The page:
The River—I wanted to put Tunnel of Love here because (a) it was the music to the best live concert I ever saw and (b) it touched my father, who was not much of a music man. But one day, out of the blue, he told me how he really liked this Springsteen guy. So for his last birthday before he died, I put together a photo album for him accompanied by Tunnel of Love lyrics:

Well now the years have gone and I’ve grown from that seed you’ve sown/But I didn’t think there’d be so many steps I’d have to learn on my own/Well I was young and I didn’t know what to do/When I saw your best steps stolen away from you/Now I’ll do what I can/I’ll walk like a man.
In the end, I chose The River because it was a double-album set and I got greedy.

The Last Waltz—this was the inevitable slap yourself on the forehead and ask, What-was-I-thinking? choice. First off, I don’t own the album and secondly I never even heard the album. I only know The Last Waltz from the movie and the DVD, which I do own and play often. It's timeless. But this is that spot that shows up on everyone’s list when you realize you left off something really important and have to eliminate something else to find room for it. What I left off was Keith Jarrett’s Köln concert, featuring one of my all-time favorite 26 minutes of music. I remember the exact moment I first heard it…I remember the room, the people in the room, the light in the room, the lift in my body as I entered the room.

Let’s Stay Together—Al Green is the proverbial guy who could sing the phone book. A few years ago I saw a Denzel Washington film called Book of Eli, which I really cannot recall liking or disliking overly much. But I do remember this: Denzel’s character is lost and alone in a post-apocalyptic hellscape when he plugs in his iPod and out floats the voice of the most righteous reverend ever to grace human ears, singing “How Do You Mend a Broken Heart.” And I'm thinking, yes, that is definitely the voice you want to hear if you ever find yourself as the last living person on a desert island.

Beethoven’s Ninth—Alex the Droog may have been a raping, murdering, foul-mouthed little thug, but we share his great taste in music.

The Barber of Seville—This could’ve been La Traviata, or La Boheme, West Side Story or My Fair Lady, but it had to be something with lots of voices, lots of people, lots of human drama and comedy. It’s a desert island, after all. It gets lonely.

A few years ago, I had to do a more serious version of the game when our house was threatened by fire. If you have enough warning, you get to take whatever you can pack into your car—no U-Hauls allowed. Talk about a values clarification exercise! So I packed the strong-box of course, clothes for a week, my laptop, external drive, many of the photo albums (note to self: get them all on CDs), most of my music CDs; a few collectibles-- Lorna’s program from The Beatles at Shea; my copy of the Beatles Yesterday and Today album with the famously controversial butcher block table cover; The Bobby Darin Story, which Darrin had secretly autographed in the final groove; "Hey, School Girl," a 45 RPM by Tom & Jerry, the duo that would later be known as Simon & Garfunkel; and finally an autographed copy of  String Quartet No. 2 "Bucephalus" [1984] - The Alexander String Quartet; Wir Weben, Wir Weben [1978] - Musical Elements by my old roomie, Martin Bresnick. The rest of the car would be filled with the regrets I would feel later if worst came to worst. But it didn’t.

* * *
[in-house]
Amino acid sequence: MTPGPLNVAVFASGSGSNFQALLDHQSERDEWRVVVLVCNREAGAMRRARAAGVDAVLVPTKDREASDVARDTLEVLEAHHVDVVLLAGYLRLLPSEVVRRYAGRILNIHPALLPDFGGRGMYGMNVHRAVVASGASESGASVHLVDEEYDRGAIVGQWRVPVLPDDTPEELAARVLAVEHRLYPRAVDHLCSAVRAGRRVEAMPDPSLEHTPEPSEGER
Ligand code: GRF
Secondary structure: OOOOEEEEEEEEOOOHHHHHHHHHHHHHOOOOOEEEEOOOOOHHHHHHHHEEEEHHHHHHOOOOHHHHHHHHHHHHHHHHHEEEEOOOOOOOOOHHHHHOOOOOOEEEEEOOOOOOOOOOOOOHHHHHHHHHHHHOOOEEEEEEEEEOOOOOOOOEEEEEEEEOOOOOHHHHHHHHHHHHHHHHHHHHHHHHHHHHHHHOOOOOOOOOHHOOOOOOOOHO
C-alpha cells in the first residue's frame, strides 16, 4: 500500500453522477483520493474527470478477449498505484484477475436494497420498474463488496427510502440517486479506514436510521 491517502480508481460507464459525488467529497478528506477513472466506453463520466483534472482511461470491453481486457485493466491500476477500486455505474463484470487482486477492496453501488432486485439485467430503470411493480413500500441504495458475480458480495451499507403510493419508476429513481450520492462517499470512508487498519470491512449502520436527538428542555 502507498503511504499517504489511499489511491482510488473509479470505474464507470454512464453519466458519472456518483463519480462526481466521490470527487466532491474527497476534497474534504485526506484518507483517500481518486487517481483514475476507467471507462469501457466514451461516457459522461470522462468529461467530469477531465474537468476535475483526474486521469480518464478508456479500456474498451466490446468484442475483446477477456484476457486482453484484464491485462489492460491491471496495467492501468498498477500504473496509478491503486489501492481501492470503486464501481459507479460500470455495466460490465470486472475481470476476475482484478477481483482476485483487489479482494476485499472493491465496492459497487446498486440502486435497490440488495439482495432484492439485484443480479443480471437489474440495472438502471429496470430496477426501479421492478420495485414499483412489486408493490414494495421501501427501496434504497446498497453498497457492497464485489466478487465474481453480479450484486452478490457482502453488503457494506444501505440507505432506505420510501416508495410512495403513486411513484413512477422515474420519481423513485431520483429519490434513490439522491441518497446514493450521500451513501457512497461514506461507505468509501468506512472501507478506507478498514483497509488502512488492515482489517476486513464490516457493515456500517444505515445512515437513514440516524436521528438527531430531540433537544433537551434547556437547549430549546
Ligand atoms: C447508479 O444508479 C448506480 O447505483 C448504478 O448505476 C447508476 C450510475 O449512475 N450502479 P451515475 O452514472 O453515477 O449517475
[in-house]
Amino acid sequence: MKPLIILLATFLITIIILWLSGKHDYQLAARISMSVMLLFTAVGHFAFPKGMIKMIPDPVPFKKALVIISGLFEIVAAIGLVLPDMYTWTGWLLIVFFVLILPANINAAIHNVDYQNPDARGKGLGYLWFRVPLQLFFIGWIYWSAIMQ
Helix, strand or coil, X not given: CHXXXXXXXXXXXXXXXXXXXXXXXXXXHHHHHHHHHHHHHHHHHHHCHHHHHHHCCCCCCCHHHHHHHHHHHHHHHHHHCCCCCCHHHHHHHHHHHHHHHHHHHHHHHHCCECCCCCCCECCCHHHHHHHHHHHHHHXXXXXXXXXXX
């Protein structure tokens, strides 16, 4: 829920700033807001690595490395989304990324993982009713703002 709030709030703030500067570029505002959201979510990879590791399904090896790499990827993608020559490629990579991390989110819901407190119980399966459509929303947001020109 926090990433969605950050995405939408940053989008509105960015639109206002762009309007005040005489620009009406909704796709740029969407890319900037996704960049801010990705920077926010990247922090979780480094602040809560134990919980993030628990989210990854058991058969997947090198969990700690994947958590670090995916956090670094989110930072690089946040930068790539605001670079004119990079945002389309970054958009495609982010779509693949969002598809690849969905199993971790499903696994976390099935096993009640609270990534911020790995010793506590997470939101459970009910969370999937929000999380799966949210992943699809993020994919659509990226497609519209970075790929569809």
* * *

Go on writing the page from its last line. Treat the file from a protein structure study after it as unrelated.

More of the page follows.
In much lighter circumstances, Lorna and I played a memorable version of the game about 5 tiny years into our marriage. In this variation on the game, we had to choose our top ten desert island “singles” (and if any cultural artifact is more obsolete than albums, it’s singles). Anyway, there we are, swapping entries on our respective lists back and forth, counting down like Mr. and Mrs. Kasey Kasem, until we come to the top, #1 single we would each take with us on a desert island. Lorna announces that her choice is  “Travelin’ Man” by Ricky Nelson. We were driving on highway 9 from Brattleboro to Wilmington…in the snow…and I remember it quite distinctly because I nearly drove us off the road I was laughing so hard. It wasn’t that her selection was beneath me or “sucked,” which is too often the very wrong reaction in such games. It’s that it came from so far out of leftfield. Like the highest of comedy, it took me completely by surprise. I’d never once heard Lorna hum that tune or mention the slightest affection for Ricky Nelson. Yet, suddenly—bang--out of nowhere she tells me it’s her favorite song of all time. Thirty-five years later, all the Valentine’s days of our life together have been infused with the joy of such delirious little moments like that one.